(3 p.m. EDT) -- For the first time since the COVID-19 pandemic essentially shut down cruising worldwide in March, a U.S.-based cruise ship will set sail in Alaska -- starting this weekend.If all goes as planned, UnCruise Adventures, a small, expedition cruise line that focuses on intimate sailings that put passengers close to the action, will send Wilderness Adventurer on its first cruise of the year, roundtrip from Juneau. While the ship can hold 60 passengers, only 37 (along with 30 crewmembers) will sail on this first journey. Four additional cruises are scheduled for the ship as the traditional Alaska cruise season winds down."Alaska, probably more than most destinations on the planet, does make our product just buzz," said Dan Blanchard, UnCruise's CEO. "We are Alaska."Wilderness Adventurer, which joined the fleet in 2009, is a pioneer in Alaska. Blanchard said the boat was the first to begin early April cruising in Alaska, the first to stay late into October and is the only member of the UnCruise fleet to sail six months of itineraries in the region. While much of the U.S. cruise industry is on hold through the end of September under the U.S. Centers for Disease Control and Prevention's no-sail order, UnCruise is exempt because the ruling applies to only those ships that carry more than 250 passengers and crew. All nine ships in the UnCruise fleet carry fewer than 100 passengers.The seven-day journeys on Wilderness Adventurer will essentially keep passengers in a bubble, skipping major tourist towns like Skagway and Ketchikan, for example. Instead, passengers will spend time on the ship's Zodiac inflatable skiffs exploring Glacier Bay National Park and Tracy Arm Fjord; they'll bushwhack through forests and kayak through bays.And while this suits the current environment, where social and physical distancing are on everyone's minds, the approach actually isn't a departure from a typical UnCruise sailing. The company touts its intimate offerings as "Unrushed. Uncrowded. Unbelievable."Blanchard said the company is using the requirements around the COVID pandemic as an opportunity to change UnCruise for the better. That means more time outdoors with even smaller groups. Cruisers in Alaska, for example, might get up early to do birdwatching tours, stay ashore later to enjoy campfires or partake in evening happy hours on the top deck, rather than in the ship's lounge.The line also is moving away from longer, formal post-dinner lectures in favor of more pop-up opportunities, like nighttime star navigation sessions, where the ship will shut down its lights and navigate using the stars, or small galley tours where the chef will dive deeper into how the food is sourced and prepared."It's returning back to our roots," Blanchard said.Other changes passengers might see include more breakfasts and lunches sent ashore with passengers in an effort to get them off the boat, into the open air and back in touch with nature.Passengers, too, are required to take responsibility for their own COVID behavior. That starts with getting a COVID test within 72 hours of arriving to Alaska and showing proof of testing negative. UnCruise, too, has introduced new protocols,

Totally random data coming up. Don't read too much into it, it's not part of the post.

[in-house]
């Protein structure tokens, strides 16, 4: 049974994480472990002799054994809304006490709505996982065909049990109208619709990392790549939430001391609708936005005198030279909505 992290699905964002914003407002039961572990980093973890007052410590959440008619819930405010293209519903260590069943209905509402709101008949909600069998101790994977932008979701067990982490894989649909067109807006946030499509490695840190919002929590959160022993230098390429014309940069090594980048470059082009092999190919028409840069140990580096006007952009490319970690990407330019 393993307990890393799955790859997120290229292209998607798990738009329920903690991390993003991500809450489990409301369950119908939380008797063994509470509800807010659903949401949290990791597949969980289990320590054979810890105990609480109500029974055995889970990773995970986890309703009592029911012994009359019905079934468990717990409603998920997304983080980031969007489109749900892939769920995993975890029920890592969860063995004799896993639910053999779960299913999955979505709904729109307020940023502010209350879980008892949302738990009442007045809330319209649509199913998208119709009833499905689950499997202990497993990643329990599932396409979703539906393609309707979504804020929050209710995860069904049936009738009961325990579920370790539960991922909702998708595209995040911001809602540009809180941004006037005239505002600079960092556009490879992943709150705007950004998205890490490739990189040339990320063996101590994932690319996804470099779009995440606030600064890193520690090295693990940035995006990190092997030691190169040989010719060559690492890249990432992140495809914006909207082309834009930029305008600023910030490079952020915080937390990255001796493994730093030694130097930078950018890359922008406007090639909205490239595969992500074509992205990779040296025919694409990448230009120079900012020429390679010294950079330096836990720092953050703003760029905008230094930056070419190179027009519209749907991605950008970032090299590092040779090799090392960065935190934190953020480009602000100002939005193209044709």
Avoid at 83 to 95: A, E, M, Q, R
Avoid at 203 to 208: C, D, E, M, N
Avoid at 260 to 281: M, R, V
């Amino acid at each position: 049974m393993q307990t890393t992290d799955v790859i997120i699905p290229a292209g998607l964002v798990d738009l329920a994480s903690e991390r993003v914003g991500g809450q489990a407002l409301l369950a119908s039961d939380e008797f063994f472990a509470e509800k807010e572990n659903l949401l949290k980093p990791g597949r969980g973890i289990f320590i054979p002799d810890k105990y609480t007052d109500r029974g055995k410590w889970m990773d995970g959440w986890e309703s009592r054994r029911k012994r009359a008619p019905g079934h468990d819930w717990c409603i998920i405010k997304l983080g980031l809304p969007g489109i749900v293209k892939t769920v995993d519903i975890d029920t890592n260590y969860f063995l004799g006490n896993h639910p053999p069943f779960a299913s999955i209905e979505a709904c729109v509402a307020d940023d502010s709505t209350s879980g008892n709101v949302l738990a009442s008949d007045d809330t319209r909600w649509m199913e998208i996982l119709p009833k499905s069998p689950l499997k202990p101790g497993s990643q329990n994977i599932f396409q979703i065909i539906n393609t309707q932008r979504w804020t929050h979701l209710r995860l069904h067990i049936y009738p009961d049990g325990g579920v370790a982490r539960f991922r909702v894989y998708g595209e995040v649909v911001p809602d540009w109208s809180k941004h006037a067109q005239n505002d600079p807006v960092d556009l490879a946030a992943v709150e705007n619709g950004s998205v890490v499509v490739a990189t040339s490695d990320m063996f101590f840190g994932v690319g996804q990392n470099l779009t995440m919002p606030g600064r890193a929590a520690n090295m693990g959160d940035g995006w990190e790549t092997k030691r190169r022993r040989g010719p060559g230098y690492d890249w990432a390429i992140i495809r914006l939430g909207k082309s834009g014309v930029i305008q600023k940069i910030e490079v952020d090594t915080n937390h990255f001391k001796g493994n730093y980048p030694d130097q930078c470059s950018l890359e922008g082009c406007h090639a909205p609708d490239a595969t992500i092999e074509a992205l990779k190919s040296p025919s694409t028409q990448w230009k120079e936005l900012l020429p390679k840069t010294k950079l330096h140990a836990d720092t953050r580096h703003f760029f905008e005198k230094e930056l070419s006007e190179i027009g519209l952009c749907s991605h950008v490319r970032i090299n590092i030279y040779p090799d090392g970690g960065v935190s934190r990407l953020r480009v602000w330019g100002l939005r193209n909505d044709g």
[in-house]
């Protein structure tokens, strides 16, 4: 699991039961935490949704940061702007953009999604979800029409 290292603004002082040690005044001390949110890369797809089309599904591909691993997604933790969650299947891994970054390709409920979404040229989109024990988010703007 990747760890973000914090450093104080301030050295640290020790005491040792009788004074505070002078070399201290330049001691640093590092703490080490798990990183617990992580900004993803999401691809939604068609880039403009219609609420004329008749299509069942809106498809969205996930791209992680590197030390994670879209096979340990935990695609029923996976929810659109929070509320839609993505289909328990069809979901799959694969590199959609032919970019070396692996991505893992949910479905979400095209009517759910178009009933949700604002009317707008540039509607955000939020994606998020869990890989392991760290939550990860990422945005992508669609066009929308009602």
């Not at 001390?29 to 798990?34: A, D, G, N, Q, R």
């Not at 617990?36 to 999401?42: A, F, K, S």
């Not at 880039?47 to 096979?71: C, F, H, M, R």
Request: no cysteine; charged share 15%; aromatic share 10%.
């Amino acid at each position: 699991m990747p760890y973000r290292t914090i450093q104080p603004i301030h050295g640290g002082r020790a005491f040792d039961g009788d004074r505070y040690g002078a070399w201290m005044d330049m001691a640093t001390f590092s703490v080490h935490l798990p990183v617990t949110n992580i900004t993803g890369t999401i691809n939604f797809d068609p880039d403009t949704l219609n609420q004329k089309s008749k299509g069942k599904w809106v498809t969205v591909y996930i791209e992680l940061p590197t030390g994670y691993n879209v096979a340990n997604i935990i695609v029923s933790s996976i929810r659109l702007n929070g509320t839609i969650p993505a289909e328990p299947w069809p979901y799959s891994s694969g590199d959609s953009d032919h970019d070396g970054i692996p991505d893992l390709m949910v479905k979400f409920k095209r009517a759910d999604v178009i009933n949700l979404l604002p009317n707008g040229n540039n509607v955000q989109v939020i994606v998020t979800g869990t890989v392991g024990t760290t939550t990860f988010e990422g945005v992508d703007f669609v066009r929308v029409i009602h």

- Daily temperature checks for passengers and crew;
- Daily sanitation of all touchpoints in cabins, including handles, doorknobs and switches;
- Sanitation rounds conducted four times daily with attention to all touchpoints, such as railings, handholds and doorknobs.
- Sanitation of adventure equipment after each use;
- Use of personal protective gear such as masks during certain events and as situations require (including transfer on and off the ship);
- Crew member training in COVID-19 symptom observation, identification and reporting, and PPE equipment training.